But people come up and say, How come?

 

Right; they do. And I say, sometimes I don’t remember, because I’m judging one performance at a time. And when that’s finished, I drop it out of my head and I look a hundred percent at the next performance that is in front of me. All I can say is, Did you do hula? Did you bring excellence to what you did? I tend to be a foot person, which means I watch the feet, because—

 

I thought you’re supposed to keep your eyes on the hands.

 

No, feet.

 

Oh, that was a composer from latter day. [CHUCKLE]

 

Feet for me, because if the feet is good, then the rest will be good, I believe. And then, there’s interpretation, there’s how they have expressed the words that they’re trying to dance. So I believe perhaps it’s because I try to be fair, and I try to always be consistent.

 

As a kumu hula, who gets to join your hālau?

 

Oh, I take anyone. I take anyone who would like to come. I don’t teach children well.

 

M-m.

 

I don’t teach children well, so I don’t have children’s classes, but I do have adults. And I take anyone who is willing to learn.

 

And what does it take to get them kicked out?

 

Don’t listen. [CHUCKLE] Don’t listen. If you don’t listen to the kumu, there’s no excuses, and out you go.

 

It’s not a democracy?

 

Not at all.

 

As I tell my early classes that come when you first come to be a new student, I tell them that I am goddess in the hālau, and if you think I’m the crazy woman, don’t come back next week, ‘cause it is my hālau. [CHUCKLE] So that’s how we approach hula.

 

And when somebody’s not very good at hula

 

M-m.

 

—but has a good heart—

 

M-hm.

 

—do they get to stay in?

 

Oh, absolutely. There’s always a place; there’s always a place. And you’re never too old to start hula. The desire must there. But just like anything else … your abilities are your abilities; it’s not the same as the next person. It is who you are. So maybe if you’re not in the advanced class, it’s okay. Because where you are is where you can flourish. So sometimes people need to remember that kumu knows best, and kumu will put you where she thinks or he thinks is the best place for you. But I believe hula is for everyone.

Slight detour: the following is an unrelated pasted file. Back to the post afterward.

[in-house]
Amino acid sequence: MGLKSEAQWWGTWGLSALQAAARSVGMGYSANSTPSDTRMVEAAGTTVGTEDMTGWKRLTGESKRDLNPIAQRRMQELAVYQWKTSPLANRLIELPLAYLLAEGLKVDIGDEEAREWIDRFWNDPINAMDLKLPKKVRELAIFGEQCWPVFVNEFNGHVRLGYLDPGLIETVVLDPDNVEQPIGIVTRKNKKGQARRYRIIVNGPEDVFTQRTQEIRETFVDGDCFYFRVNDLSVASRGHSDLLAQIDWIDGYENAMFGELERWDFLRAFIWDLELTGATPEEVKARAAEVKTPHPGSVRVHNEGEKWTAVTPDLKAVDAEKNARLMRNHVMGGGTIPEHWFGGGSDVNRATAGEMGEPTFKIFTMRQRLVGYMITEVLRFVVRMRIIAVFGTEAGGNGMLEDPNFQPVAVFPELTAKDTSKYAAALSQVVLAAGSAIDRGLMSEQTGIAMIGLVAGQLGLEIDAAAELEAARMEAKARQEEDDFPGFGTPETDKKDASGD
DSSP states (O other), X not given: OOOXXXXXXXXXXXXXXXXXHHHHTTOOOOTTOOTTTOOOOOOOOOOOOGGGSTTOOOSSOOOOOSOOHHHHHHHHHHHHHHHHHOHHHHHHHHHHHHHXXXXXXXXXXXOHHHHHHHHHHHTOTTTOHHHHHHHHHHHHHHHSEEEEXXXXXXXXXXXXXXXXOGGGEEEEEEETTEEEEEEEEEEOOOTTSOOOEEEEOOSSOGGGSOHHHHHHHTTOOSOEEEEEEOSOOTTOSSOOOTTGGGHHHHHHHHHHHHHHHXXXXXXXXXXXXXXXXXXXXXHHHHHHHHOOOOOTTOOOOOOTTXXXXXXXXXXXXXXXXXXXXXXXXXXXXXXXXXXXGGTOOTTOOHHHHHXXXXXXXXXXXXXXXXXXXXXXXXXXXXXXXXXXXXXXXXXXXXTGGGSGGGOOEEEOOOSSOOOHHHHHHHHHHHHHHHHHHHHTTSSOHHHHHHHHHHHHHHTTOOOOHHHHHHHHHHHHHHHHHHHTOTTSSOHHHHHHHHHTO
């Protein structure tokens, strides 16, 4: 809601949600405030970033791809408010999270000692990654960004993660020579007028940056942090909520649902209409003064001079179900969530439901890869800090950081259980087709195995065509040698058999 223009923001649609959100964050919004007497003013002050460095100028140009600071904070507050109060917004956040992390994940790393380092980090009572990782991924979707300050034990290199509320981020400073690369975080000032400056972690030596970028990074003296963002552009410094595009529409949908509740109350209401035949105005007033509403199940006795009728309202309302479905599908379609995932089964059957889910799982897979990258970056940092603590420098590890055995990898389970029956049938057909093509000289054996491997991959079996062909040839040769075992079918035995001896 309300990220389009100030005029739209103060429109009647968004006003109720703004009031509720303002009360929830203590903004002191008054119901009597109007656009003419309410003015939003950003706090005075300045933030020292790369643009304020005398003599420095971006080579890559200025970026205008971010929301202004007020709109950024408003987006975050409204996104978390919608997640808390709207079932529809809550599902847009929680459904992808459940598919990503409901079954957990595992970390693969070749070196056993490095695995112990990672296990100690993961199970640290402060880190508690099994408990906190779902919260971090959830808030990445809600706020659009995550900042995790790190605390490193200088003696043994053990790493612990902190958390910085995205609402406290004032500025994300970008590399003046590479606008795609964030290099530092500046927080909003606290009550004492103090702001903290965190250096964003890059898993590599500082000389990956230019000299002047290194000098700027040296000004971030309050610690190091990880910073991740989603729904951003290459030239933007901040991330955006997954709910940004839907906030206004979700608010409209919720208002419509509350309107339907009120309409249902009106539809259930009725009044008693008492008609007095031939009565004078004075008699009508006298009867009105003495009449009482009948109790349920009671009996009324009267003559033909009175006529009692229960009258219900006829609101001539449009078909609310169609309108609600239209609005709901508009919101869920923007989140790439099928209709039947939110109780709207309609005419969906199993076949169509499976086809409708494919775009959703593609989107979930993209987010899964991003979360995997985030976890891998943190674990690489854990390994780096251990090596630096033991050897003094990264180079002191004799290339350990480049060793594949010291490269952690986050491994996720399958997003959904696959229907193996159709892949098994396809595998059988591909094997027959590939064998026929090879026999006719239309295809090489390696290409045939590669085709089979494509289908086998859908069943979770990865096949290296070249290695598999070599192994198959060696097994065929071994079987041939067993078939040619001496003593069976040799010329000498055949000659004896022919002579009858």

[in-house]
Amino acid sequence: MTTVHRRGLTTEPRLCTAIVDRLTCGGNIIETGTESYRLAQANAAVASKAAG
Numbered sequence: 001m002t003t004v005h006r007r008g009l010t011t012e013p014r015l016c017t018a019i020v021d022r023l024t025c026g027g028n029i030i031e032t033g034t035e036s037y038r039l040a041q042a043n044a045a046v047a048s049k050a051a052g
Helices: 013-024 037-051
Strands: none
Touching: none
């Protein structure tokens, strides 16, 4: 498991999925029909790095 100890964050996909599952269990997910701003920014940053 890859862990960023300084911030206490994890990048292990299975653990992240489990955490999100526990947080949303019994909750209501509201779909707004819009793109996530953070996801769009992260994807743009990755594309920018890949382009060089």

Hōkūlani Holt seems to believe that there is something of value for everyone in the Hawaiian culture, and while she cherishes and preserves Hawai‘i’s past, she also embraces Hawai‘i’s present, and is hopeful about its future. We’d like to thank Hōkūlani Holt for taking time out of her very crowded schedule to share her story with us. And we’d like to thank you for joining us on Long Story Short.

 

For PBS Hawaii, I’m Leslie Wilcox. A hui hou kākou.

 

For audio and written transcripts of this program, and all episodes of Long Story Short with Leslie Wilcox, visit pbshawaii.org.

 

What did you mean when you said that in hālau, you learn to appreciate little things?

 

M-hm. Little things for me from this week to next week, you have learned where to put your eyes. That’s enough. Because we have progressed from this week to next week, where to put your eyes. The little things like that are as important as where to dance your feet, and where to dance your hands. The little things.